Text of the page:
People from everywhere flocked in and took our stuff out with them. One man – newly divorced – purchased items by the room – such as our living room Italian leather couch, love seat and lounge chair and all our fireplace tools. He bought our kitchen down to the boxes and boxes of spices. And he loved our vinyls, so he bought the whole collection without looking at most of them.

After two weekends of this, we then hit the flea market. I sold artwork, tapestries and Ming vases for a steal of a price! After days of this, what was left over went to Goodwill or we put into storage. We didn’t let anything hold us back!

Tip: Whatever you think you might want to keep in storage cut that by two-thirds and save the money. Just gift it away. You won’t need these things, and it’s better to just start out that way without the added expense of buying your stuff all over again by paying storage fees. 

Our friends and family thought we were crazy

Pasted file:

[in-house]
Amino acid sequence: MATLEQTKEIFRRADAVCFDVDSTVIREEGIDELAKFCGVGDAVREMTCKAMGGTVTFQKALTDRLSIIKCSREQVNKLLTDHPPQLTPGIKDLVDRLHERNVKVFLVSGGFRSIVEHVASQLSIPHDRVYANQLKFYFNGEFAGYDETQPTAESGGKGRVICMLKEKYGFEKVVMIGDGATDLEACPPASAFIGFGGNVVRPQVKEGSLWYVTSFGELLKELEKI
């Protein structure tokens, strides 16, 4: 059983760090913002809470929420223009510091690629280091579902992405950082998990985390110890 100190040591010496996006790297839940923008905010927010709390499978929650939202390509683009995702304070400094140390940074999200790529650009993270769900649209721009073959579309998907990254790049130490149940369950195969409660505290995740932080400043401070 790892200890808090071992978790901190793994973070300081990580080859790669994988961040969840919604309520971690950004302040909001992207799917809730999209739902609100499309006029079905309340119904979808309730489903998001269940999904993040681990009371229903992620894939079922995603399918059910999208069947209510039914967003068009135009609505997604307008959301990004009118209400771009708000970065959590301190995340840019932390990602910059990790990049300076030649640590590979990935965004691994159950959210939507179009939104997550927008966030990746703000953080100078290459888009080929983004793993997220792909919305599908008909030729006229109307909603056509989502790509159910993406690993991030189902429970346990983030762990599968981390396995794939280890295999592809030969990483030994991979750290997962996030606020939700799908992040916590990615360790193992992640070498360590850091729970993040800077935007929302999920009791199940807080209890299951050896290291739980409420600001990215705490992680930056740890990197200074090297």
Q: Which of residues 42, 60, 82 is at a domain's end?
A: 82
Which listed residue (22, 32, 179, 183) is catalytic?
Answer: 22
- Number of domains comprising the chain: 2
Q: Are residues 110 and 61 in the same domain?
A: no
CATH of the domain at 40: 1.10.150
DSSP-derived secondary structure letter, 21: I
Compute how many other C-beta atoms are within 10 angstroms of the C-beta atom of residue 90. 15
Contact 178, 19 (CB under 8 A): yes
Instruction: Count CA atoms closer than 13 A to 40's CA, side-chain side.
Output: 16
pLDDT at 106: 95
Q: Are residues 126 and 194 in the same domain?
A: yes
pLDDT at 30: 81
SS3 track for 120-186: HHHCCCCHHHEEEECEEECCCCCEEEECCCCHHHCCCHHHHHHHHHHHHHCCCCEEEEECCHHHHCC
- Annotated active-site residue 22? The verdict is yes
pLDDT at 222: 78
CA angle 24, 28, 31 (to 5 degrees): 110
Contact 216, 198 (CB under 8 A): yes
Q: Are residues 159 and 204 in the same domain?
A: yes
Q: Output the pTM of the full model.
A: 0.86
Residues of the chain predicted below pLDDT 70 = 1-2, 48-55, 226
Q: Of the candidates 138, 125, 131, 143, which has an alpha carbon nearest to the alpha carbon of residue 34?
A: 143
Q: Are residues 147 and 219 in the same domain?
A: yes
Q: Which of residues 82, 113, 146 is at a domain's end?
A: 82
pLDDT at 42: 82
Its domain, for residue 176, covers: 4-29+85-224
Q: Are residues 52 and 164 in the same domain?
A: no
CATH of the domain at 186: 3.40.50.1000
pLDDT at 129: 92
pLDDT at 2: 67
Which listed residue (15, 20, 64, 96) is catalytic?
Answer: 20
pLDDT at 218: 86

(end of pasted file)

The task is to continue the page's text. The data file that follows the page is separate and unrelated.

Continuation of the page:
Emotionally, this was our biggest obstacle. We never let on during the 2 years it took us to track spending and save every dime we could that there was a reason to our “madness.” There was no word for what we were doing, and our family and friends thought we were nuts.

No one except those on the show The Rich and Famous were independently wealthy… what made us think we could be?


Why leave perfectly good jobs? Why walk away from a gorgeous home minutes away from the beach? Why not have a pet, get new cars, and fill your living room with an entertainment system? Your Bar-b-que is old! Get a new one! We just bought this awesome bottle of Cabernet and it was only $75! You should too!

It was hard not having their support, but at the same time, it let us know what we were made of and that we were able to decide on a goal and stick to it.

No one size fits all

While there are many ways to live a life, and we aren’t criticizing anyone’s choice, for us, Freedom was our motivator.

During our darkest moments of wondering what we had gotten ourselves into, we made lists of things we wanted to learn (how to play the saxophone, learn to watercolor) places we wanted to visit (Asia, South America) books we wanted to read and everything possible that held our interest. That list was long and it continues today.

We are not the sort to become bored, but with our list in hand, on day one of financial freedom, we could always check our list if we doubted why we retired early.

Uncharted waters